Buyers have changed forever, and marketers need to adapt. Executives are demanding that marketers prove ROI from their investments. To reach and engage prospects and measure effectiveness, it’s critical that marketers leverage trends and new technology. But it’s also an exciting time for marketers, as now more than ever before we can show how we are contributing to the overall success of the company. To make sure we take full advantage of this rare opportunity, here are some tips to navigate and survive this new (and maybe scary) marketing frontier:

Work/Market Smarter

As anyone who uses marketing automation knows, now more than ever it’s important to work smarter. If you attended Marketo Summit last month you heard this time and time again. Working and marketing smarter will enable you to accomplish more; from building and growing your career, to scaling your marketing, to driving more leads and revenue. So, how do you do that?

Use the right technology.

I can’t talk about modern marketing and not talk about technology. Many marketing automation platforms are working hard to build and expand on capabilities of their existing platforms. Watch for new announcements of new lead nurture capabilities, new plugins, mobile friendly interfaces, speed increases, and so much more. These new advancements in the marketing automation software space can certainly help marketers everywhere work smarter.

You’re not alone.

Leverage your marketing peers. There is an absolute wealth of information available online and through marketing automation user groups. Connect with others that are using the technology and let them help you market smarter, faster, and more efficiently. Many marketing automation platforms offer access to other users through their community.

Leverage analytics wisely.

Internet marketing expert Amber Naslund says “all the measurement in the world is useless if you don’t make any changes based on the data”. That line really sticks with me. We have access to a wealth of analytics information with advances in marketing technology and it’s important that marketers actually take some time to use that information to change their tactics accordingly – otherwise what’s the point?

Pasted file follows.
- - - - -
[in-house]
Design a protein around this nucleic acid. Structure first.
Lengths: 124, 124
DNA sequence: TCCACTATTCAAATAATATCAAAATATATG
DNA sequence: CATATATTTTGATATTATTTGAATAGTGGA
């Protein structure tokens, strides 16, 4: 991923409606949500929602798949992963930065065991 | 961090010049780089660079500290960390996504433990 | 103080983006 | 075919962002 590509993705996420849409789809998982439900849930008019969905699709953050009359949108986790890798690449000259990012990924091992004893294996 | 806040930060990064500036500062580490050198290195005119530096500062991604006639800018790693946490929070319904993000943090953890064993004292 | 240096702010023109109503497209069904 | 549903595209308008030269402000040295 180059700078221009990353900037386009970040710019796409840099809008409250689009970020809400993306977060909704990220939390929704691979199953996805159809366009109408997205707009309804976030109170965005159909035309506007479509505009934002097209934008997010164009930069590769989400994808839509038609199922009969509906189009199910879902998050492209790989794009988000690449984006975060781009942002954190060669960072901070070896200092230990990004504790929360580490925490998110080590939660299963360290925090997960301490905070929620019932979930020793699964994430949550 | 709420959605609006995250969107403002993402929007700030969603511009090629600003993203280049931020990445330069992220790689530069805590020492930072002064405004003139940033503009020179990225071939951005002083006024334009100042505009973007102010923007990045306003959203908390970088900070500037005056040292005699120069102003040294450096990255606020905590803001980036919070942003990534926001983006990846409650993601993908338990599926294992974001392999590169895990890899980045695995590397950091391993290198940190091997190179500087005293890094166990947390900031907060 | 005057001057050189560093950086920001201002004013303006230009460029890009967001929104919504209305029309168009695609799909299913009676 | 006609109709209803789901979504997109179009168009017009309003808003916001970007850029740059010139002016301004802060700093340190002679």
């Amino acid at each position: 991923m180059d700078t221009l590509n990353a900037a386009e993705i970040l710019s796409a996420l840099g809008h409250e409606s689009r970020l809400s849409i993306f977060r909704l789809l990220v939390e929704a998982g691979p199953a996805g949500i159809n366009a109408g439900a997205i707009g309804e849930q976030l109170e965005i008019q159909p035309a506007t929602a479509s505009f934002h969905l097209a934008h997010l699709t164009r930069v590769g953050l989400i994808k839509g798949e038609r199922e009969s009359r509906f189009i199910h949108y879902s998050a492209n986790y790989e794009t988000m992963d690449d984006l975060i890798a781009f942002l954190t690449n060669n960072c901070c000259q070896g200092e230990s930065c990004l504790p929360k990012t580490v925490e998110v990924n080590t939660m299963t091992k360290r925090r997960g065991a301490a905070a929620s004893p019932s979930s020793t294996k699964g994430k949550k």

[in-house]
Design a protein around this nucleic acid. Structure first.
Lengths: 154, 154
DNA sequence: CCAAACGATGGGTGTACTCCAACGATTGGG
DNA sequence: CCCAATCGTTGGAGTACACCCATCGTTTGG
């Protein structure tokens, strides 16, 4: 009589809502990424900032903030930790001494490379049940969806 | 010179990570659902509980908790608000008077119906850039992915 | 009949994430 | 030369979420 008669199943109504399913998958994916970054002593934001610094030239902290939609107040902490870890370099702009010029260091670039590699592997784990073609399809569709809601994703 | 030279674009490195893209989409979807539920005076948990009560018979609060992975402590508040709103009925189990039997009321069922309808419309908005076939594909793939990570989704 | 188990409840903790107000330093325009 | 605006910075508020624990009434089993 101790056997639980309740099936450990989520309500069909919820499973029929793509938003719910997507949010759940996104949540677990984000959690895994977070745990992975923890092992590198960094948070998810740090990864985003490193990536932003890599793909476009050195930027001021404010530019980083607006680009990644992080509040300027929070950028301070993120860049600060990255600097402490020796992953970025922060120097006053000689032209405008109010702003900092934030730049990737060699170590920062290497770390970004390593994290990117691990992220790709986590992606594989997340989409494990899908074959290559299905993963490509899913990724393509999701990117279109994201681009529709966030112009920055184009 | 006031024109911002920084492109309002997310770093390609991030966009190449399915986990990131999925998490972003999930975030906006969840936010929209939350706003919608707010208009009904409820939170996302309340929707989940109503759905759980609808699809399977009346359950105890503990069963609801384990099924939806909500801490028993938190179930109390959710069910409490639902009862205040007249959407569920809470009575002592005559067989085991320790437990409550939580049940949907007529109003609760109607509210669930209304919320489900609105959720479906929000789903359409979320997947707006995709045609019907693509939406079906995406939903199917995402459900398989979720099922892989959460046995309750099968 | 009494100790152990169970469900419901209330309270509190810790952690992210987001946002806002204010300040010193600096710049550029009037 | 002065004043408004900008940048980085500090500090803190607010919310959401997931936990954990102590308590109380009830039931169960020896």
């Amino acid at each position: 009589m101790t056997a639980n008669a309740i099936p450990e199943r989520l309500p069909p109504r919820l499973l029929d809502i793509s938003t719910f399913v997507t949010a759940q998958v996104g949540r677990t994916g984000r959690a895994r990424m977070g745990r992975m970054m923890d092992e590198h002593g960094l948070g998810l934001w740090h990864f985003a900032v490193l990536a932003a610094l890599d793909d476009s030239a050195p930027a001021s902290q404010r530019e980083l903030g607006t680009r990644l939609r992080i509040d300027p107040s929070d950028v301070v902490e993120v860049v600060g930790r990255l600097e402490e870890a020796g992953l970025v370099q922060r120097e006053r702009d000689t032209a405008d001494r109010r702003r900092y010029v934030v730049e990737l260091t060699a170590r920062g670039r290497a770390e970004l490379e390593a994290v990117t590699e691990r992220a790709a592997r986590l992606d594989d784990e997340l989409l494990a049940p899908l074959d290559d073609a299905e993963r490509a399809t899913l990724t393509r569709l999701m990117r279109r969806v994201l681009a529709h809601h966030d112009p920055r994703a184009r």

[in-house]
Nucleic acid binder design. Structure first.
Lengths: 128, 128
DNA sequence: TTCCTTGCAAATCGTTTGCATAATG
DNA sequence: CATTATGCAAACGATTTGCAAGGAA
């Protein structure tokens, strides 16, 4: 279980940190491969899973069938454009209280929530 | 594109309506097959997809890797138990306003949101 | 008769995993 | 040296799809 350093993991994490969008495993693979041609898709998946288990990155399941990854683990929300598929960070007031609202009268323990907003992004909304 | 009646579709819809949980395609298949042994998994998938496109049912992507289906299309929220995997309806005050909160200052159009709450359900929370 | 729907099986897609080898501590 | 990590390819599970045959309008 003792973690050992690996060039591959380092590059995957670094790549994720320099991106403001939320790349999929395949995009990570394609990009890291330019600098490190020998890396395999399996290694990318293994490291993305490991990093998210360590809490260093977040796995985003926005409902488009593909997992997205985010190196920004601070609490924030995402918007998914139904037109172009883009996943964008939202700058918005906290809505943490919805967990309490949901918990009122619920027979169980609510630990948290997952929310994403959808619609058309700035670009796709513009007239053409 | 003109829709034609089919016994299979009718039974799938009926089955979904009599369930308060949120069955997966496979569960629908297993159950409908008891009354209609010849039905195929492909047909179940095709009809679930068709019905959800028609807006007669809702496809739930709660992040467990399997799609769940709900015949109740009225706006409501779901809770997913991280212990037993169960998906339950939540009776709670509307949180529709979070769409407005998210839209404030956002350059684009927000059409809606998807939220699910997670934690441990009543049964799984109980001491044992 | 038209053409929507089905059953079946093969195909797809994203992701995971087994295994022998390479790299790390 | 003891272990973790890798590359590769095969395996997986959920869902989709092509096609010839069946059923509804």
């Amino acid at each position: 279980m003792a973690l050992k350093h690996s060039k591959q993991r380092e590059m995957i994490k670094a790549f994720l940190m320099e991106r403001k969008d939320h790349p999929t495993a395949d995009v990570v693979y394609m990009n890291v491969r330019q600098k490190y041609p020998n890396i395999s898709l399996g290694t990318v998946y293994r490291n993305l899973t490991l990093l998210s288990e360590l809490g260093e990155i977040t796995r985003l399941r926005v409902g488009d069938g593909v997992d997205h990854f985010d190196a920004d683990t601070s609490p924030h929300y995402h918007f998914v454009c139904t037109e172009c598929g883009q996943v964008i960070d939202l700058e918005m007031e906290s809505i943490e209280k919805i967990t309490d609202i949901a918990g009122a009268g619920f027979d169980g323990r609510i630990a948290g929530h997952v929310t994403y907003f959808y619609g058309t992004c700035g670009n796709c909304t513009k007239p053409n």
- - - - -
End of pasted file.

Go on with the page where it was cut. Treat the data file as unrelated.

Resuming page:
Start Small and Build

You need to start small and build from there. It makes perfect sense, but it’s harder than it sounds. I think we have all been guilty of not doing this at one time or another. As an example, maybe we get this great piece of new technology, and we want to push it to its absolute limits. Then we build something so complex that we are skeptical if it’s even going to get off the ground.

Remember that marketing, and especially marketing technology, is a journey and you are better off to start small, get some great feedback, data and experience, and then tweak to enable improvement from there. I believe that is the real key to success.

Empower your Sales Team

Despite access to more information, best practices and new technology to help with the relationship between sales and marketing, it seems to remain… um, rocky. So how do you fix that?

There is no silver bullet. No easy answer. I think the solution lies in better understanding how both teams can align their goals. Establish a common framework for what success really means: provide Sales with ongoing training on tools and new content; start with small groups of Sales people and then build experiences that can be shared with the rest of the group. Once the Sales team sees other Sales people succeeding with Marketing, they will be more open to try something new.

“Sales people are creatures of habit, even when they suck”, according to marketing expert Craig Rosenberg. For Marketers to come in and change how they work is not an easy task. But, it doesn’t mean that it isn’t the right thing to do. Buyers have changed, but so have sellers (and if they haven’t – they need to). It’s in Marketing’s best interest to help get Sales up to speed on the newest technologies and ultimately to help our companies succeed.

Don’t be Afraid to Take Risks

Industry analyst Jeremiah Owyang mentions that the average consumer is bombarded with over 3,000 brand impressions every day. That is an incredible amount of noise that consumers simply cannot avoid. As marketers, our ultimate goal is to breakthrough and actually reach our prospects.

When I attended summit Ashleigh Davis from Rackspace Hosting was talking about how they wake up zombie leads in their database. If someone is not responding they send a quirky subject line like ‘Do you even care?!’. Many companies seem to be worried about offending their prospects – but what’s worse? Having people not notice you at all, or slightly offending a couple people along the way?

Marketers who write compelling and even controversial copy, will stand out from all the other noise in our inboxes and manage to make a big impact.

I simply cannot write a survival post without referencing Bear Grylls at least once. So, next time you’re wondering if you need to switch up your marketing methods, or introduce a new technology, or try quirky subject line, just think of Bear saying: “If you risk nothing, you gain nothing”.

What other tips do you have to survive the new marketing frontier?